The Meaning of Mesoscale
The term mesoscale derives from the Greek meso, which translates approximately to intermediate in English. In meteorology, this term refers to weather phenomena occurring at horizontal sizes that range from the size of a small city to that of an average Midwestern state (e.g., Iowa). The Glossary of Meteorology (Glickman, 2000) defines mesoscale as:
The Glossary notes that from a physical or dynamical perspective, the horizontal extent of mesoscale features ends just short of where the Earth’s rotation exerts a significant influence on air motions. Beyond that are macro- (“large”) scale features, including synoptic features. Synoptic Meteorology, whose name derives from the Greek sunoptikos, meaning “seen together,” includes the commonly understood low and high pressure systems often shown on weather maps by broadcast meteorologists. Synoptic low and high pressure systems usually come in pairs (“seen together”), and their evolution governs general regional and national weather patterns on the time scale of a few days (e.g., low pressure/stormy days followed by high pressure/fair days). However, mesoscale features embedded within larger synoptic-scale systems, including individual thunderstorms, rainbands, and frontal passages, often provide the high-impact weather at a particular location.
In mesoscale features, vertical air motions can be intense and vary significantly over short horizontal distances, resulting in strong fluctuations in the temperature, moisture, momentum, and chemical species concentrations observed at any given location. These are some of the quantities associated with the weather “sensed” by humans where they live. In general, the vertical variations of these quantities in the ambient atmosphere (i.e., the vertical gradients) are relatively large near the surface of the Earth. Thus, large vertical motions near the surface of the Earth can be very effective at redistributing temperature, moisture, momentum, and chemical constituents. It is this interplay of vertical air motion with sharp vertical gradients in these quantities that results in high-impact weather and air quality events at the mesoscale. Observations of these conditions are the key to improving predictions of high-impact events, because the sophisticated computer models that provide such predictions are inherently limited by the quality and quantity of observations, which serve as a starting point for the calculations.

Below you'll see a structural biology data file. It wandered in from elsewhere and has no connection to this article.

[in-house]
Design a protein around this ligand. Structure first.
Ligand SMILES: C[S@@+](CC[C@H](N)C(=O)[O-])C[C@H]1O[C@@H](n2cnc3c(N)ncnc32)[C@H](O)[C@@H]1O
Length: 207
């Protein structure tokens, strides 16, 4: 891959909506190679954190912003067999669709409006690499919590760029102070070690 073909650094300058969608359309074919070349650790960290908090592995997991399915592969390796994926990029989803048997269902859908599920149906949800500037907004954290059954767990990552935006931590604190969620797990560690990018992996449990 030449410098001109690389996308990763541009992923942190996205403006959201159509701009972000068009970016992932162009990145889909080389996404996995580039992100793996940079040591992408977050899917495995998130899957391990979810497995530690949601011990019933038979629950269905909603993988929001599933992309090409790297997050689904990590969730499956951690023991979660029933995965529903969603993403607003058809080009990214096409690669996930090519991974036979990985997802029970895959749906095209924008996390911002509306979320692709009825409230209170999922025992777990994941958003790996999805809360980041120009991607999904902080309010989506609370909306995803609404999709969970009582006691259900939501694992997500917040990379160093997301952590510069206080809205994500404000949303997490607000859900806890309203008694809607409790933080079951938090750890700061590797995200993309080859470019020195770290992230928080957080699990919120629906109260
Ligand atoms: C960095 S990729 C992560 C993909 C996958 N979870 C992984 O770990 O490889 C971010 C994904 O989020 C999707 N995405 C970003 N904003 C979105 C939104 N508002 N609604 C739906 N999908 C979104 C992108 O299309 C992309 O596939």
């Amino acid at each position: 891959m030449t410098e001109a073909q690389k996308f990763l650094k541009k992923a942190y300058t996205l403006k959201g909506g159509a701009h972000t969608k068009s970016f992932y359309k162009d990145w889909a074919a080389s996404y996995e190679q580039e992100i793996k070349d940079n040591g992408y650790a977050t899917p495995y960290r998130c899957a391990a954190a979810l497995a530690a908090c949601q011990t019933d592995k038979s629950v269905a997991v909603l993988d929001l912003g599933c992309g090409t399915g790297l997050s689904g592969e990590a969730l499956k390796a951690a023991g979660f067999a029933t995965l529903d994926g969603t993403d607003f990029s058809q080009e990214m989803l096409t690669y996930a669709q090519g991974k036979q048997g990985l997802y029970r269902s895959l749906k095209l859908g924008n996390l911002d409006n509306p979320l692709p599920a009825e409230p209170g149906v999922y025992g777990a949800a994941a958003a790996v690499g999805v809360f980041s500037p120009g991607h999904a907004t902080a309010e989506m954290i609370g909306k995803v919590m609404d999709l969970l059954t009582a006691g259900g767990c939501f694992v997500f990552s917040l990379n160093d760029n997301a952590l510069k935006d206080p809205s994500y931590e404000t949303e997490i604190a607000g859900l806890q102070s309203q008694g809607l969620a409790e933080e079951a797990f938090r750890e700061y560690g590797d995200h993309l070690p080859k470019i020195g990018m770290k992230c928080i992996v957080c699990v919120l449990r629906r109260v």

Standard weather observations typically resolve larger-scale features that enable a computer model to provide skillful predictions of those features while also producing events that are mesoscale in scope. However, because they lack observations that resolve more of the antecedent mesoscale structure, models are limited in their ability to predict specific high-impact mesoscale events. Therefore, a more effective meteorological and chemical weather observing system must include nationwide observations that are faster in time, more densely spaced horizontally, and are designed to capture the detailed vertical structure of the lower atmosphere.